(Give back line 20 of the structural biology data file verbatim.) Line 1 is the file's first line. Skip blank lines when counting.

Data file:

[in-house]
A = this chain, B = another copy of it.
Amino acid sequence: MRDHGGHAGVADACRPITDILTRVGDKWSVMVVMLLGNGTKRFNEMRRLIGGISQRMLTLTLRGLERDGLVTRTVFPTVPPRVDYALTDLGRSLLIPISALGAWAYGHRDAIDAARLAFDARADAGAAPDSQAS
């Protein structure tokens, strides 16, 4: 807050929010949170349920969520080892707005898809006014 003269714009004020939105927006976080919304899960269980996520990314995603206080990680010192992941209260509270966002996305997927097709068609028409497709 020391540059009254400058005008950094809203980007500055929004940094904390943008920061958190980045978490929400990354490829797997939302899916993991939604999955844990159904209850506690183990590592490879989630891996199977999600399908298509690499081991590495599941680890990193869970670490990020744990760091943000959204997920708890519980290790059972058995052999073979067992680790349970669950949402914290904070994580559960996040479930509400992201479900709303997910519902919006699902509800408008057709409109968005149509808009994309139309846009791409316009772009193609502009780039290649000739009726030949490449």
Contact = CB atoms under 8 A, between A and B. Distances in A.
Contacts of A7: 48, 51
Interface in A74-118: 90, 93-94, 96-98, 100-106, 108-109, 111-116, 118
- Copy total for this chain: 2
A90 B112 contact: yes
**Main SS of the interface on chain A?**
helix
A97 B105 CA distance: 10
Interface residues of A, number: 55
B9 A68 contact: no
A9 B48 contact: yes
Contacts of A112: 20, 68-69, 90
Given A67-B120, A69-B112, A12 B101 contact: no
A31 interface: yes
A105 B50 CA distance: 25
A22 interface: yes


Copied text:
A22 interface: yes